We spent a day resting up the exhaustion from the Alps with a kind warmshowers host in Bodelsberg, near Kempten, which luckily was a very rainy and cold day. We’ve heard multiple accounts of how well warmshowers works in Germany, but in the following days we didn’t even use it much, because this was my home country. I had friends.
Two days cycling further north, thankfully mostly downhill and flat along the Iller river, saw us get to Ulm and my friend Tanja. She happily let us crash on her couch, listening to stories and watching videos about our trip.
The next few days saw us going up and down through the usual hilly landscape. It pains me to say this, but in terms of nature, Germany was the most boring country of our trip. There was very little of interest to take pictures and videos of, those green hills and neatly arranged patches of forest could be really anywhere in the south of the country. These forest patches were great for us to camp in though.
I had an interesting time with the language. I spent over two years now in countries where I couldn’t read or understand the language, but now I could talk to and understand everyone. It was a bizarre feeling, but also a very welcome one. Curious farmers and fellow cyclists were no longer behind a language barrier, which was wonderful.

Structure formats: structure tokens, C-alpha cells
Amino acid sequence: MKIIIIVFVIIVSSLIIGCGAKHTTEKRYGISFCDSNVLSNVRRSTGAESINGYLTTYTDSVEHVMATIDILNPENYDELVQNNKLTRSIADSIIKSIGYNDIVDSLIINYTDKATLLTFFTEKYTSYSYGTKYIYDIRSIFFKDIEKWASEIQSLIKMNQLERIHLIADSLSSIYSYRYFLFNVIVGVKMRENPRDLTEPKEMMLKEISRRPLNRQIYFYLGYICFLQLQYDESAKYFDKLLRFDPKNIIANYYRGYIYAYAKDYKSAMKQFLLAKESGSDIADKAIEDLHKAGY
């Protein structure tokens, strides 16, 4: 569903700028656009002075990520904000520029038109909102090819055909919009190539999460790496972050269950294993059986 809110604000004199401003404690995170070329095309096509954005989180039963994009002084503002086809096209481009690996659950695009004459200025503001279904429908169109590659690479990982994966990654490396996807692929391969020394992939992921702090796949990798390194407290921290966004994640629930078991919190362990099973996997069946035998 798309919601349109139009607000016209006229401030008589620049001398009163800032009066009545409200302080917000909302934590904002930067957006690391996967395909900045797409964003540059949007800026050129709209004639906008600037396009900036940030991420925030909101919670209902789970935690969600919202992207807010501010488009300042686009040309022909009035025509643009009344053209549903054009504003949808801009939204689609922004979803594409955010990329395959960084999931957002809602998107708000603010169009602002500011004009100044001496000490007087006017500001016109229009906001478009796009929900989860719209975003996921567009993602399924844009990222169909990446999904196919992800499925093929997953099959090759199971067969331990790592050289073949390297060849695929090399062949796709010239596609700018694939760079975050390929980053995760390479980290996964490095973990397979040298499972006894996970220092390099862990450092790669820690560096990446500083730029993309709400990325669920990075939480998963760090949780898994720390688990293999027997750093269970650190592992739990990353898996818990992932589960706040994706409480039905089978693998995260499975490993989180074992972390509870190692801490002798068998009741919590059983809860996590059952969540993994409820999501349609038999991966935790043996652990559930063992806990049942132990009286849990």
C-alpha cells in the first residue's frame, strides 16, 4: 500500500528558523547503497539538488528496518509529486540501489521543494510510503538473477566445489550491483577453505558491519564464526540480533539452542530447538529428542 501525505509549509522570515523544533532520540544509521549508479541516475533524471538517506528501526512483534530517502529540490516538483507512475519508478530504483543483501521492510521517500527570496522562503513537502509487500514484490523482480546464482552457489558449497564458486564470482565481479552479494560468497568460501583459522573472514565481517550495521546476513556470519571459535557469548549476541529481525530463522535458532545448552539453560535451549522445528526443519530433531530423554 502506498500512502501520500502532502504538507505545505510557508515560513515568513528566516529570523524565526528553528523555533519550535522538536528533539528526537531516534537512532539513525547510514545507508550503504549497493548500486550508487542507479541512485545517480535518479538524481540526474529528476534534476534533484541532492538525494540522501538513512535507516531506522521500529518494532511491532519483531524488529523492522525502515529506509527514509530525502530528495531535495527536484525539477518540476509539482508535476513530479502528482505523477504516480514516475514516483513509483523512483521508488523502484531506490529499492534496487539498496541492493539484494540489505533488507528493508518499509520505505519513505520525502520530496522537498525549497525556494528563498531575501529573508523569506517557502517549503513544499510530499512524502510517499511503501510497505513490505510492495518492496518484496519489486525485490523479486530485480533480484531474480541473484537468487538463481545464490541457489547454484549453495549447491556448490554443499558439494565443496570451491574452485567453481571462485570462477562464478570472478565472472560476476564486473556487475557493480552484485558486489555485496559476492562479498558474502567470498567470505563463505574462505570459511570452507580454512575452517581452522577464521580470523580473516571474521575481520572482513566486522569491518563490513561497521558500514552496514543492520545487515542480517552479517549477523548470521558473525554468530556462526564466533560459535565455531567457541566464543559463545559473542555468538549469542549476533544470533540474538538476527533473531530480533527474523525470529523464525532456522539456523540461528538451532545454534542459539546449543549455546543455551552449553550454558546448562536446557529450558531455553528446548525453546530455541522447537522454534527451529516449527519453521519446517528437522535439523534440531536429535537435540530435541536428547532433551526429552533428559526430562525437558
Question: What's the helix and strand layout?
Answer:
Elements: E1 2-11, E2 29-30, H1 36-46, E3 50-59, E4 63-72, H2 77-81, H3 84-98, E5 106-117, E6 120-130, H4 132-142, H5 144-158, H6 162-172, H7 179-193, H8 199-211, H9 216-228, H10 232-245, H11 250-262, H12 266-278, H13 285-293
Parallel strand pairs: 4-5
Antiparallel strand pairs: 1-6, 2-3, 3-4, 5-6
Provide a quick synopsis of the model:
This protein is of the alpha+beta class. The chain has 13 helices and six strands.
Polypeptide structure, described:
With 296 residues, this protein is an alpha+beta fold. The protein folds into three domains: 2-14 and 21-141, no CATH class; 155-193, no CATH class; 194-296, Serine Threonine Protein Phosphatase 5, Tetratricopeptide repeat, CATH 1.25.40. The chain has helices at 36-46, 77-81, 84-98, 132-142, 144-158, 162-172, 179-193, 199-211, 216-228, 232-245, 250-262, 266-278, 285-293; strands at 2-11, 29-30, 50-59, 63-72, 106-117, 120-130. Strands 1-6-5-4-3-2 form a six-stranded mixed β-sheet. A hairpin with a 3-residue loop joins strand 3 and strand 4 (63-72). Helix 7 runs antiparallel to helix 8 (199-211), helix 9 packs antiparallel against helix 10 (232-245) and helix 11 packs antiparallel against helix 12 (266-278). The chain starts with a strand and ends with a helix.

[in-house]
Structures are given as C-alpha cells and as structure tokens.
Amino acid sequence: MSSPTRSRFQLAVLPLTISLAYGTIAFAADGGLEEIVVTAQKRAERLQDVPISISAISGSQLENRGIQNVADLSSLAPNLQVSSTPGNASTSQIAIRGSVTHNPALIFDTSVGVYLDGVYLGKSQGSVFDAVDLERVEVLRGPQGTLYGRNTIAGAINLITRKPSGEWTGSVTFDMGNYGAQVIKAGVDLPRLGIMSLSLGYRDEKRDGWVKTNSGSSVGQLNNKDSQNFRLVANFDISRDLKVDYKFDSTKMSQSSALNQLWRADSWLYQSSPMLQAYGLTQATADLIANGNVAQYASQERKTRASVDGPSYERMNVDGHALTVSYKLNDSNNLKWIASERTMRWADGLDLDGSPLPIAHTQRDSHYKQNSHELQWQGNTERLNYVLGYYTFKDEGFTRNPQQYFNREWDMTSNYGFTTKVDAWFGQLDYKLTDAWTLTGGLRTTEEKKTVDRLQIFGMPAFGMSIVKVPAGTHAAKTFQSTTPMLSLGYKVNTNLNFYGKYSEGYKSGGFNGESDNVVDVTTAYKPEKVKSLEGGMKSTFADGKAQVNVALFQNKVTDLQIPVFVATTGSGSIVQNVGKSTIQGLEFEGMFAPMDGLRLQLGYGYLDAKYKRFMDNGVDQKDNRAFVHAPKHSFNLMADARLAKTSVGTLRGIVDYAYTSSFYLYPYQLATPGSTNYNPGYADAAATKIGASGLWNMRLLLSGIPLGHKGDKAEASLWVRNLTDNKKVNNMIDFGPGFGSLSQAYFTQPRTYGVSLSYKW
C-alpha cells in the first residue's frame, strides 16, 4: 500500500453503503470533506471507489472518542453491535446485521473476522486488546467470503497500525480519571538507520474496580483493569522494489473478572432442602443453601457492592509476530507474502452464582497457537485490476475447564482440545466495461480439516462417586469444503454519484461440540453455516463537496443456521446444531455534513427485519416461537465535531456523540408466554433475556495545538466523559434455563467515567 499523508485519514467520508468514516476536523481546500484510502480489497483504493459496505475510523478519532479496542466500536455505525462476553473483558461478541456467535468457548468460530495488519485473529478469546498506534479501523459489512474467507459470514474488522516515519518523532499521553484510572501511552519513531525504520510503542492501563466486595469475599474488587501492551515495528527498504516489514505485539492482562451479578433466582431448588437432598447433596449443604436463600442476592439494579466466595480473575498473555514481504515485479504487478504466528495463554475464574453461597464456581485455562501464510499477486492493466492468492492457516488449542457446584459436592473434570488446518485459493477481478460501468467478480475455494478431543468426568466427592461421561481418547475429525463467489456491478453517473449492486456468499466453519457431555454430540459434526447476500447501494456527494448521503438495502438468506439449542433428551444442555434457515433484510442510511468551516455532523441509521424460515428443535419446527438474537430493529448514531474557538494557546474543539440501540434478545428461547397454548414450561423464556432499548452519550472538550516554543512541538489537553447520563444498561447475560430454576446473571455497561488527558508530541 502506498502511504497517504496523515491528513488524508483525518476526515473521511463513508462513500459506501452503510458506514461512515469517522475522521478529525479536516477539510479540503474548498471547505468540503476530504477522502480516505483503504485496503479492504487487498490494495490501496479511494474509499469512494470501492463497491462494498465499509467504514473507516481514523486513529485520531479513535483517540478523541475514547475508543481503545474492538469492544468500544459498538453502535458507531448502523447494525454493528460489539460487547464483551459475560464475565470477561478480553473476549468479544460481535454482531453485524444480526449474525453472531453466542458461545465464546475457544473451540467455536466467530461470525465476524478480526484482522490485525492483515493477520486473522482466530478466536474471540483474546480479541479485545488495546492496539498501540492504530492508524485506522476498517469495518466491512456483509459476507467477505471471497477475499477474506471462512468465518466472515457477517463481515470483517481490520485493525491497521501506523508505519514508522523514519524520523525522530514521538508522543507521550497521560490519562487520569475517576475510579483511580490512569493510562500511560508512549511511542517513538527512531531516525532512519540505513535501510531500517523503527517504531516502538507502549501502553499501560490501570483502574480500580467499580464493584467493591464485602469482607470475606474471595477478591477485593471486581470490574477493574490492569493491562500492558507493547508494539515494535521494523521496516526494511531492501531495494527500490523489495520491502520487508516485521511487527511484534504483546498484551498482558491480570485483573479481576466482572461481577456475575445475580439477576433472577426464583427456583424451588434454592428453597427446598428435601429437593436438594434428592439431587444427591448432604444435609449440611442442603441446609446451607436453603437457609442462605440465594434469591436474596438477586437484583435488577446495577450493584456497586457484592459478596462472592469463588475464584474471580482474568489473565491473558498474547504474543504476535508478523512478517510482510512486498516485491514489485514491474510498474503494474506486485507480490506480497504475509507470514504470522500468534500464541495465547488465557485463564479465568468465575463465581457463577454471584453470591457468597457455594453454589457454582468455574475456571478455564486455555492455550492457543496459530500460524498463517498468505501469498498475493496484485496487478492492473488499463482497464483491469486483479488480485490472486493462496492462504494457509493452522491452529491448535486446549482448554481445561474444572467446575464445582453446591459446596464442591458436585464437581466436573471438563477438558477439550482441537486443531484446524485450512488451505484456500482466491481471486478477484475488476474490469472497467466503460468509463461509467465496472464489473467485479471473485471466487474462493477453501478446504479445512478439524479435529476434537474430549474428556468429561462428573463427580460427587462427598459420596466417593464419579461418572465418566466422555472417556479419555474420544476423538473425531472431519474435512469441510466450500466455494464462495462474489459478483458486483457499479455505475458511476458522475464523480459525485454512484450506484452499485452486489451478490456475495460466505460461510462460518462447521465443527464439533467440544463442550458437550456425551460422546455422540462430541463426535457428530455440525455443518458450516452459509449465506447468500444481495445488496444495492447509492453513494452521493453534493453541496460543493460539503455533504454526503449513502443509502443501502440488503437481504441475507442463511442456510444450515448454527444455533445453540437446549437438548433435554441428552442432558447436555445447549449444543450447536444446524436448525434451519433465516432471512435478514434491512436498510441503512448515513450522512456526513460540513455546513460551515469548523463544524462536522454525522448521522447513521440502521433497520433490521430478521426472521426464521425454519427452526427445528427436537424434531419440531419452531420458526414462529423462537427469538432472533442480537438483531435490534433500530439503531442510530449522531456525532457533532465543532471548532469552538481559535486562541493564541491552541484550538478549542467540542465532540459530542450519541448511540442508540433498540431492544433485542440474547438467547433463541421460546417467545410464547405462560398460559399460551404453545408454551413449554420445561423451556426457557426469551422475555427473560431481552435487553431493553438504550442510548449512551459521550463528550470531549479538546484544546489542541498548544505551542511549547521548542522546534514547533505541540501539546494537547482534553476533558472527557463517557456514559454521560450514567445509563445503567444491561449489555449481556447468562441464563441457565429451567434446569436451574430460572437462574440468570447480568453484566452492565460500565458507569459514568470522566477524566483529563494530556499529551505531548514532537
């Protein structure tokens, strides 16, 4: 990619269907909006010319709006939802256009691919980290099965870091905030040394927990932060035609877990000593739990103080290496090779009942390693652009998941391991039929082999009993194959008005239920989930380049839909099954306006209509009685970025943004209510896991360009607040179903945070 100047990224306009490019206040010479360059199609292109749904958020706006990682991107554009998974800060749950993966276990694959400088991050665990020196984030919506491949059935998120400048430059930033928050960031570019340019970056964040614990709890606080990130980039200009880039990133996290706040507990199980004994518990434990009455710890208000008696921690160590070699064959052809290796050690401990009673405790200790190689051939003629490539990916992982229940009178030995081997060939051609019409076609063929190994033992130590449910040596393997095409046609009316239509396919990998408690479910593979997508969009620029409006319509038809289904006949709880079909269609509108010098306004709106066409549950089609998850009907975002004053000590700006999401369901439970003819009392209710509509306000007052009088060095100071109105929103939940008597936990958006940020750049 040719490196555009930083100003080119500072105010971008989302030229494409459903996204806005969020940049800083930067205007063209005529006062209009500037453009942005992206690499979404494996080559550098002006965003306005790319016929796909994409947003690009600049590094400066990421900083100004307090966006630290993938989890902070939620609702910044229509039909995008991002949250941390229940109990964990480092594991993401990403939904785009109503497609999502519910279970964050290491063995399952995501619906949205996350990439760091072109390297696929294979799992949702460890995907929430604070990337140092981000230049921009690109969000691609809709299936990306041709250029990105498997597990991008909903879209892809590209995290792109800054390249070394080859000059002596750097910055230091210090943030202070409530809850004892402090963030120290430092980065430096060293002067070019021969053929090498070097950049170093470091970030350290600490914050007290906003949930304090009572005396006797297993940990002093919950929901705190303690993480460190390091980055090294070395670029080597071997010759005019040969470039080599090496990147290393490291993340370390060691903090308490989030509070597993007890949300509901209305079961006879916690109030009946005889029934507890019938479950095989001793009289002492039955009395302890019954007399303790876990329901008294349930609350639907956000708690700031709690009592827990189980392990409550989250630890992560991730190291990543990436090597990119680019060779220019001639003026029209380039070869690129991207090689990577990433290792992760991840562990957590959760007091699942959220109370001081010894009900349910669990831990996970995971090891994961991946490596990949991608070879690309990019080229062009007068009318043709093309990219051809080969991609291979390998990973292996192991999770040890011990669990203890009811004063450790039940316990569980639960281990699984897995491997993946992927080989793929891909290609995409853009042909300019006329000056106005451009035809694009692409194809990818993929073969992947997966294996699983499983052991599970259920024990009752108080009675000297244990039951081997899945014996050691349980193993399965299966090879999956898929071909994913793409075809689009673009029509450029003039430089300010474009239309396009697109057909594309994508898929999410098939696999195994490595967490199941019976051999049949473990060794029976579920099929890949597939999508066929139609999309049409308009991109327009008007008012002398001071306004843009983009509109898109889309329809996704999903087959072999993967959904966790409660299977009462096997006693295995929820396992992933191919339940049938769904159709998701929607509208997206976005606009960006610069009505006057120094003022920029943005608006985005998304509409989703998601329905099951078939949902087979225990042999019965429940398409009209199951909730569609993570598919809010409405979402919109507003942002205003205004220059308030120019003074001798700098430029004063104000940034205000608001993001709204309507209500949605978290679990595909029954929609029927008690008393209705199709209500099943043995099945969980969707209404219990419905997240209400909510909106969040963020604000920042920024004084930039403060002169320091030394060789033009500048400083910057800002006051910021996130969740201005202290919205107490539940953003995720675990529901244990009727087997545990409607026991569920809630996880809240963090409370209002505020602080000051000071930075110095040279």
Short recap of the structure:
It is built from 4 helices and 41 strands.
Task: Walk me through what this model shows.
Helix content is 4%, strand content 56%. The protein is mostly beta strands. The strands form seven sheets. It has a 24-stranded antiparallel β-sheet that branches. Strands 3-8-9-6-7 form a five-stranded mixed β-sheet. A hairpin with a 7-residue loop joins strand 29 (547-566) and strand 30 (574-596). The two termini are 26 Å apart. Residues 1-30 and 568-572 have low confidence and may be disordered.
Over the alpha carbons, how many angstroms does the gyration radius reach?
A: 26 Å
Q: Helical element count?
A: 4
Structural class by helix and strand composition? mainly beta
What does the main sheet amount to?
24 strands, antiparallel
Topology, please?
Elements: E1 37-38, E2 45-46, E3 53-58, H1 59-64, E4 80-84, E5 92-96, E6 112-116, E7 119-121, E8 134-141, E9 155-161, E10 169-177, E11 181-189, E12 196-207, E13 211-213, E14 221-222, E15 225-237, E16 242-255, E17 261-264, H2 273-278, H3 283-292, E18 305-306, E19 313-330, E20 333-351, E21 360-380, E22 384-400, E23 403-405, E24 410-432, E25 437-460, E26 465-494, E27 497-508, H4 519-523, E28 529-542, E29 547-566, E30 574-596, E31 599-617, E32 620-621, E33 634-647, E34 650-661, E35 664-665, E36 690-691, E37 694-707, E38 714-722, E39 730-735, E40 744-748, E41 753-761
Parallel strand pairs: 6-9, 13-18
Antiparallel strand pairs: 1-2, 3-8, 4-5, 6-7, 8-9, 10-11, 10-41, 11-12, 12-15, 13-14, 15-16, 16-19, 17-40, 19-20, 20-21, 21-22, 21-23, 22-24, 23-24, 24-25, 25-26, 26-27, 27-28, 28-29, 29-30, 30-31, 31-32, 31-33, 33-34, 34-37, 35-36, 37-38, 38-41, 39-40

We made our way to the city of Mannheim, where Ingo, another friend, was able to host us. It was also just 220 km away from my hometown of Schweich, which meant we were in the last stages, merely three days away. Luckily, the weather also played along, as it was ridiculously warm and sunny for March.
Some more unimpressive hills and forests continued in these three days, but as we just had 20 km left to go, we went on a long downhill in an impressive valley that was very different and impressive. I knew it of course, this was the Moselle river, a place I lived at for most of my life. It took us 10 days of cycling through the whole country, but those 10 days also made me realize that I grew up in one of the most beautiful parts of Germany.
In the last bits I started to recognize cycling paths that I’ve been on before and saw the bridge leading to Schweich, where I lived before I started traveling, and where my mother still lives now. It was quite emotional. I couldn’t really have said I cycled all the way. We took too many buses and trains for that, and even one flight. But at least since Mersin in Turkey, we didn’t take any other transport than ferries. Which is quite an achievement I would say.
My mother welcomed us with open arms. I messaged her with our approximate arrival time, and she prepared soup for us, which Yuily requested months in advance. We were overjoyed with the feeling of having made it, and even more looking forward to a big rest.
I should explain that this is not the end of our trip: It’s not called “unlimited” for nothing! Yuily would be allowed to stay in the Schengen Area until the beginning of June. The nearest country not part of the Schengen Area was the UK, which meant we would have time to stay here until late May. But for now, we would get married… more in the next post.